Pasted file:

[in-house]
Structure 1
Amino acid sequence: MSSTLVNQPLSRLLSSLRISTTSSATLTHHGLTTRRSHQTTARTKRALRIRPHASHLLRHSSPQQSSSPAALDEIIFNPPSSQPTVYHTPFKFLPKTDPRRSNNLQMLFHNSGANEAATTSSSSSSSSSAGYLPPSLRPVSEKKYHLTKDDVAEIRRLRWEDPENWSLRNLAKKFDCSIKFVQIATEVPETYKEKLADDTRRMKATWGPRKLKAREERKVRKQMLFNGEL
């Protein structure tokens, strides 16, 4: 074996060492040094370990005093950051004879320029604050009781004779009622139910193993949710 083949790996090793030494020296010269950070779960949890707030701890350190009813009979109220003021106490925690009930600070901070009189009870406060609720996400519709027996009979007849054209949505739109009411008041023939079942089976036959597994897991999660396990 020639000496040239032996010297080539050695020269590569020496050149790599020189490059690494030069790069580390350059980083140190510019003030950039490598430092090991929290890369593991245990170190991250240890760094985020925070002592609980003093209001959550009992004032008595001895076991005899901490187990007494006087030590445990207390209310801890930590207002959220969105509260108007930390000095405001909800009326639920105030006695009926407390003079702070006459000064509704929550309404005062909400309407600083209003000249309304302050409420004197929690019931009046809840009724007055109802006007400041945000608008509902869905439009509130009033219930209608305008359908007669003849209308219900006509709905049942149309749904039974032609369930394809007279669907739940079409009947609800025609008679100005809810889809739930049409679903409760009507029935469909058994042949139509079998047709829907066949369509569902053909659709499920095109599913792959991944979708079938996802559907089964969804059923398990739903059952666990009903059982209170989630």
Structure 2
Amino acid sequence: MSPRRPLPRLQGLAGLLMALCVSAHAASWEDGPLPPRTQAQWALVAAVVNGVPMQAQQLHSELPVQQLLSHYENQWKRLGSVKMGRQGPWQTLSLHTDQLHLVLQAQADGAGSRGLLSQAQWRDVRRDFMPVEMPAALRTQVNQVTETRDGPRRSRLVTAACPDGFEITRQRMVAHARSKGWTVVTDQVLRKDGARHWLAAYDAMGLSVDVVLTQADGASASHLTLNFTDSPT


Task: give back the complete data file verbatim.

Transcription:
[in-house]
Structure 1
Amino acid sequence: MSSTLVNQPLSRLLSSLRISTTSSATLTHHGLTTRRSHQTTARTKRALRIRPHASHLLRHSSPQQSSSPAALDEIIFNPPSSQPTVYHTPFKFLPKTDPRRSNNLQMLFHNSGANEAATTSSSSSSSSSAGYLPPSLRPVSEKKYHLTKDDVAEIRRLRWEDPENWSLRNLAKKFDCSIKFVQIATEVPETYKEKLADDTRRMKATWGPRKLKAREERKVRKQMLFNGEL
């Protein structure tokens, strides 16, 4: 074996060492040094370990005093950051004879320029604050009781004779009622139910193993949710 083949790996090793030494020296010269950070779960949890707030701890350190009813009979109220003021106490925690009930600070901070009189009870406060609720996400519709027996009979007849054209949505739109009411008041023939079942089976036959597994897991999660396990 020639000496040239032996010297080539050695020269590569020496050149790599020189490059690494030069790069580390350059980083140190510019003030950039490598430092090991929290890369593991245990170190991250240890760094985020925070002592609980003093209001959550009992004032008595001895076991005899901490187990007494006087030590445990207390209310801890930590207002959220969105509260108007930390000095405001909800009326639920105030006695009926407390003079702070006459000064509704929550309404005062909400309407600083209003000249309304302050409420004197929690019931009046809840009724007055109802006007400041945000608008509902869905439009509130009033219930209608305008359908007669003849209308219900006509709905049942149309749904039974032609369930394809007279669907739940079409009947609800025609008679100005809810889809739930049409679903409760009507029935469909058994042949139509079998047709829907066949369509569902053909659709499920095109599913792959991944979708079938996802559907089964969804059923398990739903059952666990009903059982209170989630």
Structure 2
Amino acid sequence: MSPRRPLPRLQGLAGLLMALCVSAHAASWEDGPLPPRTQAQWALVAAVVNGVPMQAQQLHSELPVQQLLSHYENQWKRLGSVKMGRQGPWQTLSLHTDQLHLVLQAQADGAGSRGLLSQAQWRDVRRDFMPVEMPAALRTQVNQVTETRDGPRRSRLVTAACPDGFEITRQRMVAHARSKGWTVVTDQVLRKDGARHWLAAYDAMGLSVDVVLTQADGASASHLTLNFTDSPT